I am continually struck by the profound lack of understanding we tend to exhibit toward an entire spectrum of experience. That spectrum is of course the hidden nature of "non-existence." We might pass the entire idea off as being childish or impractical, but the fact remains that half of the world is simply "not there" and yet it affects us, all the same. We are constantly touched by an unseen presence of a "non-real" and yet valid portion of the universe, a portion that is physically contained within other universes and bleeds through into our own. Imagine that you are flying through the Omniverse with a special kind of perspective, (Physicist, Dr. Fred Alan Wolf would undoubtedly invoke his famous Dr. Quantum's "quantum goggles" if he were writing this blog.) This perspective allows you to see the omniverse as an infinite sea of mirror-like bubbles. Each time you peer into a bubble, you see that universe. If however you simply observe the bubble from any distance without peering inside, it reflects all the other bubbles around it in a blinding display of light. To the inhabitants of each bubble-universe, its limited reality is the only one that is considered to be "real." After all, reality is always a local concept! So you peer into bubbles all day long until you are sick and tired of looking. What do you suppose you would think about the things that you saw? Well, for one thing, you would have done something quite dangerous (without knowing it) you would have infected yourself with the foreign logic of other realities. This infection or is a difficult one to treat, if one really wanted to treat it anyway. The difficulty here is that you can't effectively unlearn something, especially something so important and so vital to the life process, it becomes hard-wired in after so long. The more "foreign" the logic*, the longer the exposure and the more profound the impact of that experience upon the observer, the greater the reduction in the observer's mind's ability to function (at least to a valuable degree) in their own universe. The end result of too much exposure is inevitable, insanity. It should be noted that the observer would not clearly understand the effects until the changes had already been made.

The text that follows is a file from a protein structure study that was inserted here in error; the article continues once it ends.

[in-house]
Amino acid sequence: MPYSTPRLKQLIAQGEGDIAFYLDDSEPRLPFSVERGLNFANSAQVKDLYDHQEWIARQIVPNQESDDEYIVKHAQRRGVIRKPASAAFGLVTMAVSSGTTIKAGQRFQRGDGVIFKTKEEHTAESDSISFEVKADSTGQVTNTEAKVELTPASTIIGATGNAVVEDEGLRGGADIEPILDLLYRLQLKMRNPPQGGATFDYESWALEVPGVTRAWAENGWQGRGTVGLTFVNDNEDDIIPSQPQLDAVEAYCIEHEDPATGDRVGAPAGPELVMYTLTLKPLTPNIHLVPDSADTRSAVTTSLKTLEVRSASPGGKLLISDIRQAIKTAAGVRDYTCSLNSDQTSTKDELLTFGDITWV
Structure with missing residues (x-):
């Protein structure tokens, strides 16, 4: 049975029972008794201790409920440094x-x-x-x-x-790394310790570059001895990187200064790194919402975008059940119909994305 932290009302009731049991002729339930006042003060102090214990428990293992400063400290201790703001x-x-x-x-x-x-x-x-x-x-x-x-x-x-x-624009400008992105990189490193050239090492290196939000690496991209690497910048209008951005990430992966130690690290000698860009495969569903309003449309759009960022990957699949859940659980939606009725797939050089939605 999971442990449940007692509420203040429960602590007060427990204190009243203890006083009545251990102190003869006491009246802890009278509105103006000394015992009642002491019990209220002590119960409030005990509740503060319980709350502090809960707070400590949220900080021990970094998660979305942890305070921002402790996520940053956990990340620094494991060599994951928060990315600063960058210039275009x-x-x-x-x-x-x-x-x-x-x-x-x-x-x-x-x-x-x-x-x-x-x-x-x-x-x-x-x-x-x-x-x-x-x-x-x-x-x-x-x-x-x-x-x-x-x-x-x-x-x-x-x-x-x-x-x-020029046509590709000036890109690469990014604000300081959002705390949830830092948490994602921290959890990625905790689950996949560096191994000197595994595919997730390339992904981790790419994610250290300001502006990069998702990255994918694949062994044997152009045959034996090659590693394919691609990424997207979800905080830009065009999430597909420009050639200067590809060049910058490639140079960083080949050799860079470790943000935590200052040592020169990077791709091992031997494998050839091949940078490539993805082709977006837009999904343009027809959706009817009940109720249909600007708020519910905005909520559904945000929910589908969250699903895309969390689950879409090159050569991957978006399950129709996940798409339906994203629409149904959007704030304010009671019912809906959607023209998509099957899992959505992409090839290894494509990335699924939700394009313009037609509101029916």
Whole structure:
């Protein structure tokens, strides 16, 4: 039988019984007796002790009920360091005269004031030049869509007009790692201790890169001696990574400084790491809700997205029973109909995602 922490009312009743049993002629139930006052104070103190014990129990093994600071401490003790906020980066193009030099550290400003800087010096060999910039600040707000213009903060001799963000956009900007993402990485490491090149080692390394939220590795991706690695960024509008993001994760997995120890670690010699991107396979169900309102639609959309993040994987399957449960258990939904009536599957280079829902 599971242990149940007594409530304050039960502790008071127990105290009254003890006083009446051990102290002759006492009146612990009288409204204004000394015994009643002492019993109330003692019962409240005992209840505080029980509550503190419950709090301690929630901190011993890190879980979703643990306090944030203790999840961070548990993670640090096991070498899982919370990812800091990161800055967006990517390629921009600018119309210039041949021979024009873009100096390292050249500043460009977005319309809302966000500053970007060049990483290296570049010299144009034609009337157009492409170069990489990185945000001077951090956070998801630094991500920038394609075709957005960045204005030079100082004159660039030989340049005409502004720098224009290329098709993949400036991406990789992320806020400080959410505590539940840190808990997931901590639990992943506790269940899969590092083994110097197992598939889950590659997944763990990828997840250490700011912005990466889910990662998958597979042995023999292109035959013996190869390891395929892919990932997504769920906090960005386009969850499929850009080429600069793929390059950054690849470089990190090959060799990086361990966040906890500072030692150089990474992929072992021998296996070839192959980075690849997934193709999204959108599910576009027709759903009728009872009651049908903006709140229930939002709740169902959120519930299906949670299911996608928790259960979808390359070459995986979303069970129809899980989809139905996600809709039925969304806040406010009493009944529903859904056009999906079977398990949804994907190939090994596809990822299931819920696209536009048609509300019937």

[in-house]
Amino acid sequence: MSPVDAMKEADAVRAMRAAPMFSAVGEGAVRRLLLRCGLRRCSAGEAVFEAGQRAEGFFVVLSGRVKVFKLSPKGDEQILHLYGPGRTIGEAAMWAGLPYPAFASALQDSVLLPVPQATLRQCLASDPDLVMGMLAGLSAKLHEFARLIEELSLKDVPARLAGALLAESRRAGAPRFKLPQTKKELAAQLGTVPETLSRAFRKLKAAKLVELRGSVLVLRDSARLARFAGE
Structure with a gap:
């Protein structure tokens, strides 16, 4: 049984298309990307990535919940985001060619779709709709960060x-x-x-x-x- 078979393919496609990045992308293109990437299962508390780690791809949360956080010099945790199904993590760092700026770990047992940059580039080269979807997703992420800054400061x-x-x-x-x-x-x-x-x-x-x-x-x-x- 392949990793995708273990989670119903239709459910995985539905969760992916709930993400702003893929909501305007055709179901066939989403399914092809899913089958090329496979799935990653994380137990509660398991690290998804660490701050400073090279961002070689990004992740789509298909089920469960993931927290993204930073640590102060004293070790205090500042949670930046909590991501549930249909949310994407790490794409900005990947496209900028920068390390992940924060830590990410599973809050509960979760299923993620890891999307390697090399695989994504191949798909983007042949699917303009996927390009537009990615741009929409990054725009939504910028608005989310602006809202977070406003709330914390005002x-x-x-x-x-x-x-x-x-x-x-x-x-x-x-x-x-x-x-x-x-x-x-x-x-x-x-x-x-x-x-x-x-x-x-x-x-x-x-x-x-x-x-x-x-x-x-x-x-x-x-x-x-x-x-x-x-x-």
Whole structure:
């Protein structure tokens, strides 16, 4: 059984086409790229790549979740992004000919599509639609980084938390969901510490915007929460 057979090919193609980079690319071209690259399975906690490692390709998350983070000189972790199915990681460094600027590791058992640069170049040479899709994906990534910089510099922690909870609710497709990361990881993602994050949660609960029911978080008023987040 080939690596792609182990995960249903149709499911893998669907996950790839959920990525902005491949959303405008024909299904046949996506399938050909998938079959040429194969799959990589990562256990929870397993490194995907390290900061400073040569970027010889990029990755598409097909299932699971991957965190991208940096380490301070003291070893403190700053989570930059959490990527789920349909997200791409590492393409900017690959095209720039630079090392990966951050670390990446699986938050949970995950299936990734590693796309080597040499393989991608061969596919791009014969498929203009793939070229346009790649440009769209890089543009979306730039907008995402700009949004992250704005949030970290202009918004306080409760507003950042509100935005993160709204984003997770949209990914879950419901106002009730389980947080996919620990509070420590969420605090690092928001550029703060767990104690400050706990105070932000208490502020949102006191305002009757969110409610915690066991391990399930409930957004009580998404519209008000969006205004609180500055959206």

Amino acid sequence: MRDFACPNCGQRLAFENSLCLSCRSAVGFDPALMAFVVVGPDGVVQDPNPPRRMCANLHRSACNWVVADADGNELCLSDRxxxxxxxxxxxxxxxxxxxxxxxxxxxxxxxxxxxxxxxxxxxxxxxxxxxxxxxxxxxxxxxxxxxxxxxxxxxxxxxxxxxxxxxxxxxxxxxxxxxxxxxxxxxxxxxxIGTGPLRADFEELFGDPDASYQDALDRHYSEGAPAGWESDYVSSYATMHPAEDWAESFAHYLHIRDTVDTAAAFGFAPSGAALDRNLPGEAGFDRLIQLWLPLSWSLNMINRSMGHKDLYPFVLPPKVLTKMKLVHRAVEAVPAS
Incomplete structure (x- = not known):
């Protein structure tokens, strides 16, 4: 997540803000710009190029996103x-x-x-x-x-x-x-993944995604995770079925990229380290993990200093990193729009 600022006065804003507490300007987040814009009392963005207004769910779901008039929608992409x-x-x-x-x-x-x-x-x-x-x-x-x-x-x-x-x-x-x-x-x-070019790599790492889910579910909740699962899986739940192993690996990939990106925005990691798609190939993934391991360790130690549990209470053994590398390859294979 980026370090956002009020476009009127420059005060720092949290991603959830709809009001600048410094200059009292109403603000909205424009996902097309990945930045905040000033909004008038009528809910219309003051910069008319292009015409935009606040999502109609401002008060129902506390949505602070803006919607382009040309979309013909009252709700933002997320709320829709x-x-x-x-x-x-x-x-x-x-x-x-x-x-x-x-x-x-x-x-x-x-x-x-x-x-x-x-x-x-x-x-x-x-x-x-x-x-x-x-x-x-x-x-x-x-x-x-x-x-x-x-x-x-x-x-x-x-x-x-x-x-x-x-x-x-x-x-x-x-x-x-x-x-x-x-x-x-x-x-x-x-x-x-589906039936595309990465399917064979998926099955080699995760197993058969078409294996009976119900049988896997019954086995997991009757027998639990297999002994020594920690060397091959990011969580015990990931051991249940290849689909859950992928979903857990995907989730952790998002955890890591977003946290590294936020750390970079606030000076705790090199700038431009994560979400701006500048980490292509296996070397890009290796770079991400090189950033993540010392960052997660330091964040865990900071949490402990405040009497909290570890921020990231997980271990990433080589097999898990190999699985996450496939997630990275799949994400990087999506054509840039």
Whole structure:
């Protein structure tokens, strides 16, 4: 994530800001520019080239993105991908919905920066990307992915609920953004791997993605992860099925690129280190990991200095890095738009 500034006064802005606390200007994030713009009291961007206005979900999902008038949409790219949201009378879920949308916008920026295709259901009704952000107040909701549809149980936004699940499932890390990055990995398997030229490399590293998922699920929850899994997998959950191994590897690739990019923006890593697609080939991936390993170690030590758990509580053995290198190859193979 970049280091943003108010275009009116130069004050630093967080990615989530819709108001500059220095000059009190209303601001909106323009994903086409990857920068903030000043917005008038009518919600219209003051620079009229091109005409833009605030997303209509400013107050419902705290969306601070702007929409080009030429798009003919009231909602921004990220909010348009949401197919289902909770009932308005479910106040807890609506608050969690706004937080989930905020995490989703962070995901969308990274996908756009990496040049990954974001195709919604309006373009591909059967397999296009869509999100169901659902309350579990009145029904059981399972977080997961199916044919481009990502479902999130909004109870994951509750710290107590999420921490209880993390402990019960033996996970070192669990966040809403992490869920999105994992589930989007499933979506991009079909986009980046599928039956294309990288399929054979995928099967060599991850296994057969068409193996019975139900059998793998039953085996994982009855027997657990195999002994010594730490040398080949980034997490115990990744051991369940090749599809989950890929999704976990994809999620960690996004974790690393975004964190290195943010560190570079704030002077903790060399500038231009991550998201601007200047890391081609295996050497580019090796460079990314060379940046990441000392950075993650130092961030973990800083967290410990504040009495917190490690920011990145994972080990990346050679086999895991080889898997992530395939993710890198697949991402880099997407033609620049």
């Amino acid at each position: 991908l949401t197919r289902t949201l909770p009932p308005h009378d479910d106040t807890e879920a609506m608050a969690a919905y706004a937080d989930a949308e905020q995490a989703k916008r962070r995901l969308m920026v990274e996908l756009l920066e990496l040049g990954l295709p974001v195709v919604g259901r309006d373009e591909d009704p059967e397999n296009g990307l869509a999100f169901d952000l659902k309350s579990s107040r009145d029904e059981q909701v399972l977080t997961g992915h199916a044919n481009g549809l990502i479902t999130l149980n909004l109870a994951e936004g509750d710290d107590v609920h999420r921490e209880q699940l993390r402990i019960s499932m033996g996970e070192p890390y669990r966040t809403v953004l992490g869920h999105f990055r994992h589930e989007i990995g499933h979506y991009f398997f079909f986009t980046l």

* It is important to understand that the term "foreign," as I have used above, is intended to describe the degree to which the (newly) observed universe's initial conditions deviate from those of the observer's universe of origin. Any other effects that have occurred due to chance (or since the formation of the observed universe) should not and will not affect the observer's reality concept or their ability to function within any given universe. It would affect the observer's specific experience with that universe. Imagine a world where planet Earth was ruled by telepathic spiders, alterations in evolution of a worldline from that of our own worldline's history should significantly change one's viewing experience.